Within 24 hours of the song being uploaded onto Facebook, Stephanie – who had spent a decade trying to break into the music business – had more than a million hits (it quickly rose to five million views across both Facebook and YouTube), offers pouring in from US and UK record companies and world-wide media attention.
For the Cork-born singer it was a bitter sweet moment of triumph. The song was not just her last roll of the dice as an artist but it was sparked by the devastating loss of her one year old nephew, Fionn, from meningitis.
Coupled with a powerful, poignant lo-fi video for the song featuring friends – including her brother Dylan and the cult Irish comedian Cian Twomey – who had each suffered the loss of a loved one, holding up photographs and placards with messages of how each family member had died and what they wanted to say to them.
Stephanie – whose influences encompass Alison Krauss to Coldplay and Neil Young to Florence and The Machine – says: “I had absolutely no idea of the impact that one song and that one video we made would have.
“It was my last attempt to get my voice heard. But when I suddenly got all this attention from record companies I felt a weight of responsibility on me. This was about real loss, real people who I knew and loved. The song and the video had been made with absolute integrity. And I had to be doing this the right way for the right reasons. I wanted my songs to matter.”
Stephanie has the looks of a young Chrissie Hynde, the troubadour spirit of KT Tunstall and her songs lie in the emotional hinterland between Adele and Ed Sheeran. Her music is not about gloss and glamour but the grit and grind of the real world. Hers is a voice that is authentic and honest.
“I don’t write many love songs,” she says. “I write about other experiences whether it is loss, feeling insecure, trying to find out exactly who you are – songs that make a connection.”
Stephanie Rainey describes herself as “pure old school.” From growing up with a father who played her Bob Dylan and Neil Young, to falling in love with The Beatles and country music to spending her teens and early twenties performing in pubs, clubs and earning a crust in call centres and as a waitress. “I was completely hopeless trying to get people to buy Sky TV dishes or taking orders,” she says. “But every penny I could earn I would put into making music.”
Her early successes included performing in band contests in Canada, airplay for her self-released debut single, ‘The One’, attention from her mash up of Lorde’s ‘Royals’ and Massive Attack’s ‘Teardrop’ and getting to number three in the Irish charts with her DIY EP, ‘Half Of Me’.
But despite being told by music critics she was a special talent with a genius for songwriting, she struggled to make any impact in the industry. She says: “I left music college (Colaiste Stiofain Naofa in Cork) and all I wanted was to get attention from the industry. I just had no idea how you made it happen.“I spent years doing gigs, making my own music,creating a website, getting to know other musicians. I even went off to Los Angeles for a week, which was a big learning curve but a bit of a disaster because I didn’t really have a plan. “I felt I was running around making little dents everywhere but never breaking through. I was so lucky to have a supportive family and to be able to make money from guitar lessons to survive.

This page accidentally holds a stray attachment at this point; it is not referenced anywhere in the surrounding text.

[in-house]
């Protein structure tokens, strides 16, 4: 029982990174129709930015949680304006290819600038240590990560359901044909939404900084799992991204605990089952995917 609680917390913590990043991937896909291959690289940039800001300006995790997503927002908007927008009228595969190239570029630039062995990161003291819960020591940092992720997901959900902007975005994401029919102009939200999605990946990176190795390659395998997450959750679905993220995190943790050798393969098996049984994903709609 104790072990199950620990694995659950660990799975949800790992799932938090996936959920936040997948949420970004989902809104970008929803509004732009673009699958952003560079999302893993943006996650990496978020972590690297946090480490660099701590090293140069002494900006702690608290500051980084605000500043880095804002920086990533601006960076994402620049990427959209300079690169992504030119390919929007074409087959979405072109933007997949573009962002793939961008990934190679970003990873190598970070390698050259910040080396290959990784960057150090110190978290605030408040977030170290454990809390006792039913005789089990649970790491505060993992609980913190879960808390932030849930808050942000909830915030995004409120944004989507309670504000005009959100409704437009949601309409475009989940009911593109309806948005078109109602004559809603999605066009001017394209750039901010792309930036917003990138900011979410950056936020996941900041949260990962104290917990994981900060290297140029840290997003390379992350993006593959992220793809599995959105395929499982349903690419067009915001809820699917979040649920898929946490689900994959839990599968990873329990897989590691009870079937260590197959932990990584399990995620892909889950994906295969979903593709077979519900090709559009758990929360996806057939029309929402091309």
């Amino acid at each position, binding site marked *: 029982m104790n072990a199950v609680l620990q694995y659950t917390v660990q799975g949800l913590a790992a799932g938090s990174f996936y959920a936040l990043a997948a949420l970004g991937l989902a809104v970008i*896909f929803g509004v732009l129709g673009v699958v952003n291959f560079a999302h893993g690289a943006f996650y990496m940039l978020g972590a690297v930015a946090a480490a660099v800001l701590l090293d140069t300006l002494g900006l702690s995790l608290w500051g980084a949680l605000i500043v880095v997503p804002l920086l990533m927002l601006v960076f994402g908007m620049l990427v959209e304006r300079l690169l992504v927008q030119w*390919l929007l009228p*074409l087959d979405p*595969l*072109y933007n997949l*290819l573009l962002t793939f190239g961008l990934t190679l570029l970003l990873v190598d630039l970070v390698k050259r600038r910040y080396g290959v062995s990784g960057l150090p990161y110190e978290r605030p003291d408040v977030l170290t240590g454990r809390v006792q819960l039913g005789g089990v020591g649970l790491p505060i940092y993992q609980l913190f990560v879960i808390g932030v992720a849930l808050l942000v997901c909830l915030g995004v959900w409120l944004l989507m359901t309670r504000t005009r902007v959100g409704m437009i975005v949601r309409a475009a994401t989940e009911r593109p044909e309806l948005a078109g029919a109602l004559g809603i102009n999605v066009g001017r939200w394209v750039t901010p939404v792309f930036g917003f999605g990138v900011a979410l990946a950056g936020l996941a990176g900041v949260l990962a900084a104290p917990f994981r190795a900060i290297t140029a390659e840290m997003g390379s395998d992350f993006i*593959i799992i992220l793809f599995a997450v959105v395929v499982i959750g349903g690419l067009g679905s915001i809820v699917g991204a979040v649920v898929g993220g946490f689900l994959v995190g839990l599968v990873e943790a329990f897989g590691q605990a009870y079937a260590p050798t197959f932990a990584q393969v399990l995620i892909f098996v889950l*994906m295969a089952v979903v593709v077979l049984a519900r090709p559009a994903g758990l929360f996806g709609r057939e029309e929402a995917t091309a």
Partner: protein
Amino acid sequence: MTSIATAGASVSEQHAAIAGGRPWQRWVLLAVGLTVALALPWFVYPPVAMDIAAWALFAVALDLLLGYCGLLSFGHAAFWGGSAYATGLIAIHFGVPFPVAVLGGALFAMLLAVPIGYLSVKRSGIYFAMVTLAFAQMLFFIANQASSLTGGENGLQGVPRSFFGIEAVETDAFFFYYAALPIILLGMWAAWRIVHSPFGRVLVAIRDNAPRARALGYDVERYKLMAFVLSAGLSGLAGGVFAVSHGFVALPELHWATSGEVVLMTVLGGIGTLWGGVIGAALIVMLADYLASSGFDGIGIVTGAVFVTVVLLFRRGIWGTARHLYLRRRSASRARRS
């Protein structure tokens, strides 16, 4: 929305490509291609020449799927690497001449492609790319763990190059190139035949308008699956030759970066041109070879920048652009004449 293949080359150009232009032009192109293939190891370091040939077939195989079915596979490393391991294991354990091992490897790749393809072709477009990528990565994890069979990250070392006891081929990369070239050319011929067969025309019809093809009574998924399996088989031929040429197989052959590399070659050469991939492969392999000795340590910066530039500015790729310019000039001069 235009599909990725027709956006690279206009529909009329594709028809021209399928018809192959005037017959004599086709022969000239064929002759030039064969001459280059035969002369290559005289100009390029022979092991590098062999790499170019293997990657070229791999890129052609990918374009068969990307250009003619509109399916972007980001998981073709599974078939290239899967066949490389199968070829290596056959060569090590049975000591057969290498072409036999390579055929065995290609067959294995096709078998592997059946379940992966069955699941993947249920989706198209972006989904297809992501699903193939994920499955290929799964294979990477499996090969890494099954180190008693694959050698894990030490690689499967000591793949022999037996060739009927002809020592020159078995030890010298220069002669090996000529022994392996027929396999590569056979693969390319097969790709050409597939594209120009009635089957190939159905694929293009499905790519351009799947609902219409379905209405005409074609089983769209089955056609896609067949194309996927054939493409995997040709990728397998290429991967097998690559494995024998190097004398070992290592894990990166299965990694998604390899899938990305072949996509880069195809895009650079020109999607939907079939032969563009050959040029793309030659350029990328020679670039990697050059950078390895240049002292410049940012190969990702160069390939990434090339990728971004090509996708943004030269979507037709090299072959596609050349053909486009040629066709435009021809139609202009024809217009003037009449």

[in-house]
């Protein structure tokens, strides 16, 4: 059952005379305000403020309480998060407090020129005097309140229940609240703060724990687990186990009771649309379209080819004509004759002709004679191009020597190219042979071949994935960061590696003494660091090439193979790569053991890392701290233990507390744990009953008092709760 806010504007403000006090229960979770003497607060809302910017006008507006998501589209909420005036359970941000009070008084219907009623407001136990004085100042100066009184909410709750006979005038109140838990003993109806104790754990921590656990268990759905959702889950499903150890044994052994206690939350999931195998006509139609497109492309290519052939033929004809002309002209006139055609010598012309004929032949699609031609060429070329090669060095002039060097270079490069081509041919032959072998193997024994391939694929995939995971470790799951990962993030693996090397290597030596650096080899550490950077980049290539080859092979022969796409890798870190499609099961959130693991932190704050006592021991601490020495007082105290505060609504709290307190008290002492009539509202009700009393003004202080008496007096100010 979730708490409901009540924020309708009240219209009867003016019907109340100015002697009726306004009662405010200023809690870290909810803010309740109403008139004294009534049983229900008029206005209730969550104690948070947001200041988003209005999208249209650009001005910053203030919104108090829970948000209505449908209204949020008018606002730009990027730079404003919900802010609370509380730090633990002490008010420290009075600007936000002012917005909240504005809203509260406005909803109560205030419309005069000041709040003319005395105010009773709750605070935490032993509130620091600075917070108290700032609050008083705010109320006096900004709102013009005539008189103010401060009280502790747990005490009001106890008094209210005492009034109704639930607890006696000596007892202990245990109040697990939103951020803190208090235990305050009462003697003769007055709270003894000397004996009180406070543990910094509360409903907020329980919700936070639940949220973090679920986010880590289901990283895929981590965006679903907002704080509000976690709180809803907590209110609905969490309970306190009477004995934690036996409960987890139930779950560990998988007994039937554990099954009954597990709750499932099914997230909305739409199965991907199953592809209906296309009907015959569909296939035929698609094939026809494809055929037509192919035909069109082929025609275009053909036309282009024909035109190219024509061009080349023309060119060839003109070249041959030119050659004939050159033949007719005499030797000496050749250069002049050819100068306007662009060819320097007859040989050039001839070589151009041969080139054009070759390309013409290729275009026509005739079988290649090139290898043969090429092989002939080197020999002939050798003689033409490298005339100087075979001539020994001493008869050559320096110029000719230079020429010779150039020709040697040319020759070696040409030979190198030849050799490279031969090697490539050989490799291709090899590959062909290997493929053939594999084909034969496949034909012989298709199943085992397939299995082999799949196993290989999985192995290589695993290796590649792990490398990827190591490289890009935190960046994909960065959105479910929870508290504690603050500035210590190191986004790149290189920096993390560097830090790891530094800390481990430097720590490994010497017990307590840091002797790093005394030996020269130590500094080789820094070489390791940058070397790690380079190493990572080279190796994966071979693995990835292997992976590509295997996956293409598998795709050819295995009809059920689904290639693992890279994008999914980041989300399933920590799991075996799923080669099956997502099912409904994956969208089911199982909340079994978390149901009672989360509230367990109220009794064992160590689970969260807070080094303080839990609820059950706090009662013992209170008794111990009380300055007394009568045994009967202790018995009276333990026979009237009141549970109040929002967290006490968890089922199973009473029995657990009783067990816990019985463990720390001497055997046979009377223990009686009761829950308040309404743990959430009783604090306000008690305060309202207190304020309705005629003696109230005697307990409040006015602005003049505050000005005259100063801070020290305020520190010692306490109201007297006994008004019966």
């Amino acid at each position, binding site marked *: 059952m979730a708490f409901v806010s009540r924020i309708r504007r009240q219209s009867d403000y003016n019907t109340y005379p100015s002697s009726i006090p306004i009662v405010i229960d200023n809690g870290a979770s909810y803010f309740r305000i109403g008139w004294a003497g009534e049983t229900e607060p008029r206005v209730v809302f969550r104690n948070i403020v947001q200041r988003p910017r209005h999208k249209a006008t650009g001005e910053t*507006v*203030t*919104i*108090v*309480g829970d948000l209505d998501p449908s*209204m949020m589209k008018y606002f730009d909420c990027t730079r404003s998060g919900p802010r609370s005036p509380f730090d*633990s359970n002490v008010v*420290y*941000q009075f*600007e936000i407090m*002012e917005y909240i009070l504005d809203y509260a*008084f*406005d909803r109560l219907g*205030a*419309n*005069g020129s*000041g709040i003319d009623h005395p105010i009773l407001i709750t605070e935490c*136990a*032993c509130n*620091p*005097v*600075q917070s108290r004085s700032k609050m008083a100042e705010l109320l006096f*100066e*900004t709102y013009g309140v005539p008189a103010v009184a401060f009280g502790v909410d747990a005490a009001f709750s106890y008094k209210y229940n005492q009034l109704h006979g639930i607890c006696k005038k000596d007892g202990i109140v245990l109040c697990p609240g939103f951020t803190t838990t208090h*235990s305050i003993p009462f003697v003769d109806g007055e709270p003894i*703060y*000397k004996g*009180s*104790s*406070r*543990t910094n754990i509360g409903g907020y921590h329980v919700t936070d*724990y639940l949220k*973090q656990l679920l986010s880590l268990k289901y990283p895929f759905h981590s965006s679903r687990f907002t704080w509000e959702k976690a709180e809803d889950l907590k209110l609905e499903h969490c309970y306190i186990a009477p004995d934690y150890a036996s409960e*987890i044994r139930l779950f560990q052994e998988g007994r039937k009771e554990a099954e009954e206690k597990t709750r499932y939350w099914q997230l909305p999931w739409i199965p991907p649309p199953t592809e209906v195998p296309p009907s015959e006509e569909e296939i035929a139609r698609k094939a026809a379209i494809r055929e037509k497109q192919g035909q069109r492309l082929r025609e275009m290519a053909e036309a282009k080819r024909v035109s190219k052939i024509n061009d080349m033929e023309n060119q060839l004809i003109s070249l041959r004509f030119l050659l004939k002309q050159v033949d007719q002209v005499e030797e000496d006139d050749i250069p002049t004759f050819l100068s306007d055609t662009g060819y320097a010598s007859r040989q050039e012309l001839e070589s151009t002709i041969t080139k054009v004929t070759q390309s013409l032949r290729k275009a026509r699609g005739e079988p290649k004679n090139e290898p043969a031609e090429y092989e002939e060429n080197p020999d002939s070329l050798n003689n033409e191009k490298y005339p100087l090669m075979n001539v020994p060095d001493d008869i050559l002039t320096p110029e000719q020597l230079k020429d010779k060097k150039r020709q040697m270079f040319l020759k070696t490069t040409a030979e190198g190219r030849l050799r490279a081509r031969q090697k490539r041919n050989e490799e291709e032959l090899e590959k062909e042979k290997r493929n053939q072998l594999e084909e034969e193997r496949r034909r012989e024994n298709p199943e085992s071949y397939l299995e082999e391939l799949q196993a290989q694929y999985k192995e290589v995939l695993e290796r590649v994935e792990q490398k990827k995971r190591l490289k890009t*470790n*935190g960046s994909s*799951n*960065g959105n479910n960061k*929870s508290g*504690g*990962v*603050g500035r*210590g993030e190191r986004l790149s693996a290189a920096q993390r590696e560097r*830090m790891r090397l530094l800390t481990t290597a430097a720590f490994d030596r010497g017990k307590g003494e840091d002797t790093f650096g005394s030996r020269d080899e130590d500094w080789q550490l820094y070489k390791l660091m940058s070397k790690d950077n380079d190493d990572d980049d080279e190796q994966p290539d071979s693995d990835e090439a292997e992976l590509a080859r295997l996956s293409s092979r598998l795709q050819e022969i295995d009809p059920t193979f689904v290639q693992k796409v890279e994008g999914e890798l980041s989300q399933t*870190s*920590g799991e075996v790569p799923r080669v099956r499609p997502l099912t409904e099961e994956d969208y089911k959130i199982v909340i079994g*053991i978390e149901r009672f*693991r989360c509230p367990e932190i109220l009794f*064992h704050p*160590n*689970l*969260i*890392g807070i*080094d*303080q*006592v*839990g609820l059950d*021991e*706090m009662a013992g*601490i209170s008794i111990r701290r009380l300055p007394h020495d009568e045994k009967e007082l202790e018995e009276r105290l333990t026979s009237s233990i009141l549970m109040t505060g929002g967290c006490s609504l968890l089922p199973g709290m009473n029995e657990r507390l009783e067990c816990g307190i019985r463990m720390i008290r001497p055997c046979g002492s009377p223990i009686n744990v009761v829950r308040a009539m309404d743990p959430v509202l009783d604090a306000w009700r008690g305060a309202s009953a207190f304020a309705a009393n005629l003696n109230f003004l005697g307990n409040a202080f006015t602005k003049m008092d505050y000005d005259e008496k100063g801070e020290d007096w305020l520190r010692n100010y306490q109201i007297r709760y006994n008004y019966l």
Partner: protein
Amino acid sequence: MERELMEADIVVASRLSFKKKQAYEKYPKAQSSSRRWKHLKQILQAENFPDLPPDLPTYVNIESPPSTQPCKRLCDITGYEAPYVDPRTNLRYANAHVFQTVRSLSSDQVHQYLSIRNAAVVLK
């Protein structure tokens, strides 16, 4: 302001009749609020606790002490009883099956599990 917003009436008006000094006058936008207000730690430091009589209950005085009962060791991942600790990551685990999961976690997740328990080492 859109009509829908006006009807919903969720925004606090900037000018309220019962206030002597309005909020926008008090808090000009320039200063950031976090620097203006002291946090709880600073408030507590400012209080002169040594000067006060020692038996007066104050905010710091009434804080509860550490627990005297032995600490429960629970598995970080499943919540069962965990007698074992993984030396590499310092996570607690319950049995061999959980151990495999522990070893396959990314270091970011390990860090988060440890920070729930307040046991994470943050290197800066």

A visit to a friend in hospital sparked the memory of the death of her nephew, who had died ten years previously. She wrote the song ‘Please Don’t Go’ in a matter of hours then came up with her bravest idea for a video.
“I asked people I knew who had suffered loss to be in the video including my brother. We spent days filming it and they will remain some of the hardest but the most meaningful days of my life. The song is about my loss, their loss and I really wanted to tell their stories and to make an honest emotional connection.
“Just before I put out the video I remember getting so upset in my mum’s kitchen telling her I felt I had something important to say with what I was doing but that it was never going to be heard and that I was going to give up. ‘Please Don’t Go’ was my last attempt to say something and then I was done.
“But within a matter of days everything had changed. I was flown out to Los Angeles, to New York, these really big important record company people would ask me where my manager was, my team, my publicist. I had no-one. Just me and my boyfriend being thrown into these crazy situations. I was a lone wolf, a voice from a bedroom in Ireland. I think people found it hard to believe it.”
In the rush to sign this original artist a bidding war broke out between labels as the song pushed its way into the US iTunes charts. “It was absolute madness for a time,” she says. “I’m actually glad it came when I was that little bit older and I’d done my time banging my head against the wall. Not only did I really appreciate what was happening but I was incredibly sure about what I wanted and far more sure of myself as an artist and a person. I knew exactly what music I wanted to make. I knew the voice I wanted to be heard.”
Last year Stephanie signed to East West Records/Warner Music, opting for a deal which would give her the chance to develop her skills and collaborate with award winning songwriters, including Amy Wadge who has co-written with Ed Sheeran and won a Grammy for ‘Thinking Out Loud’.
Her first release is self-affirming anthem, ‘100 Like Me’ where Stephanie opens up about her battle with self-consciousness. Further tracks to look forward to include the raw and honest, ‘Sorry’ and the wonderfully uplifting, ‘Nothing Of You Left To Love.’
“The dream to make the best, most wicked music I can possibly make is actually happening for me,” she says. “I thought my dream was over and really it was only just beginning and I can’t wait. “
2017 is destined to be the year of Stephanie Rainey.